You also have a week filled with special memories.

Ann Carr from SW England on December 05, 2018:

I'm afraid I didn't know Neil Simon but now I know a little about him.

This is beautiful, as always. You manage to capture a person's life in a few words so that we understand much about him; that is a talent.

I love this story among so many of your excellent pieces. You never disappoint, Mike.

I hope you're having a great week and that you enjoy an even better weekend!


mckbirdbks (author) from Emerald Wells, Just off the crossroads,Texas on September 17, 2018:

Hello Paula - 'The Goodbye Girls' is one of my favorites. It captures the feelings so well of those brave enough to venture toward new beginnings. I do agree an enormous talent has left us. I hope he can be replaced. Thanks for the nice comment. The series seems to have turned biographical, which was never my intent.

mckbirdbks (author) from Emerald Wells, Just off the crossroads,Texas on September 17, 2018:

Hello Shauna - Thanks. I did not know where an artist such as Neil Simon would want to go, so the castle was the best choice. I am sure that he will receive an open arms welcome wherever he ends up. Thanks for staying with the series.

Suzie from Carson City on September 17, 2018:

Mike......When I think "Neil Simon," I think "Goodbye Girl," one of my all-time favorites. When I think, exquisite, heartfelt Farewells, I think, "The Carriage Driver." Yet another enormous talent has left us. We are blessed to have his works of art. Paula

Shauna L Bowling from Central Florida on September 17, 2018:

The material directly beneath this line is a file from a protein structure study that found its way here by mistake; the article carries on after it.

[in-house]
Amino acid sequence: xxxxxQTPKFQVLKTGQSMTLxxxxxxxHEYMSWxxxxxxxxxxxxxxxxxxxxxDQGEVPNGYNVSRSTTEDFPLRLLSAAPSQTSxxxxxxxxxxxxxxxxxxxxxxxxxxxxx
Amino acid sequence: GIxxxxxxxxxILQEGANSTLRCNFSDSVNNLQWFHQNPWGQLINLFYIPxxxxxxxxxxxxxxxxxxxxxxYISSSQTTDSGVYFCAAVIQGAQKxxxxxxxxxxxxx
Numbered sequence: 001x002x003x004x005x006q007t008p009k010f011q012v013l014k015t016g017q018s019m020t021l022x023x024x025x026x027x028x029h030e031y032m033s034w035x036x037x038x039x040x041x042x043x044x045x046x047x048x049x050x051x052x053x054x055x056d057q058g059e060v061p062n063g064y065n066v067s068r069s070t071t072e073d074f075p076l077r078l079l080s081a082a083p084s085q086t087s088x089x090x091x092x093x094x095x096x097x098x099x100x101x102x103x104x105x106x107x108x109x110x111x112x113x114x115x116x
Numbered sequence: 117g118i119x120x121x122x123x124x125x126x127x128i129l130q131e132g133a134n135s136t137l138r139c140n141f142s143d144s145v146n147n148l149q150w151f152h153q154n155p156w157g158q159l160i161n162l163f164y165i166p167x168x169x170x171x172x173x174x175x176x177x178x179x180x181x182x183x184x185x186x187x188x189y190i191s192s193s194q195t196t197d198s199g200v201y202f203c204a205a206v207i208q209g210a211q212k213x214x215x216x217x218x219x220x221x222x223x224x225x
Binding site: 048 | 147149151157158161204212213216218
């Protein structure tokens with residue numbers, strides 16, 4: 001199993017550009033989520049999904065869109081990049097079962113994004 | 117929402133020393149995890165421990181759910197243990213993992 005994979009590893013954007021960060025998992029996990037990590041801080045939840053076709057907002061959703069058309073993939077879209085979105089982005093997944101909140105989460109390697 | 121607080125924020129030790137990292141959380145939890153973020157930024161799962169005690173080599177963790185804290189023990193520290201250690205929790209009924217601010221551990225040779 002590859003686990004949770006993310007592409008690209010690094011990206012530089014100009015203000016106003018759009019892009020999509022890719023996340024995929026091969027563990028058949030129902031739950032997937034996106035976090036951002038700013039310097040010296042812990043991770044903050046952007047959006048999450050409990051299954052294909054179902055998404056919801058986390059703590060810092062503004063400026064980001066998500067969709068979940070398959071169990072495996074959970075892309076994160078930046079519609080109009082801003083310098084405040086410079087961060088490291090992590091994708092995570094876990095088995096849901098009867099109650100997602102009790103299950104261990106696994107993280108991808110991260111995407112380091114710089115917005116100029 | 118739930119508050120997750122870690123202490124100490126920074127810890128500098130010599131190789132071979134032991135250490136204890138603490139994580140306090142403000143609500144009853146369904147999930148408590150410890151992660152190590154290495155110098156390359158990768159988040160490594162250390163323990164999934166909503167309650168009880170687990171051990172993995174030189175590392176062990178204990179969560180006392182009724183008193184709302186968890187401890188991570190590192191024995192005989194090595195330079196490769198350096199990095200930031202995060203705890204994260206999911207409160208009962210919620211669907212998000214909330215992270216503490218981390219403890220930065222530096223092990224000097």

I think the castle is the perfect choice for Neil Simon until he gets comfortable with the fact that he's passing from one plane to the next. He'll have a good time there.

mckbirdbks (author) from Emerald Wells, Just off the crossroads,Texas on September 16, 2018:

Hello Shy - Thank you. This series, not sure what to say. I tried, The Telling, Mr. Pimberton's Vacation, and The Curious Life, but did not feel any traction or attraction. Fauntleroy and Flossy, has an American flavor that has some appeal. "The Crude Family" arrived as a title. I might loss even more readers.

Thanks for the blessings

mckbirdbks (author) from Emerald Wells, Just off the crossroads,Texas on September 16, 2018:

Hello John - An easy mistake to make. I had to go and check. haha

Shyron E Shenko from Texas on September 16, 2018:

Mike, thank you for keeping track of our talented artist. I can come here and read about the departure of each one and I miss them all and Neil Simon is high on the list.

Blessings as always

John Hansen from Gondwana Land on September 16, 2018:

Oh, Paul Simon....damn my mistake haha.

mckbirdbks (author) from Emerald Wells, Just off the crossroads,Texas on September 16, 2018: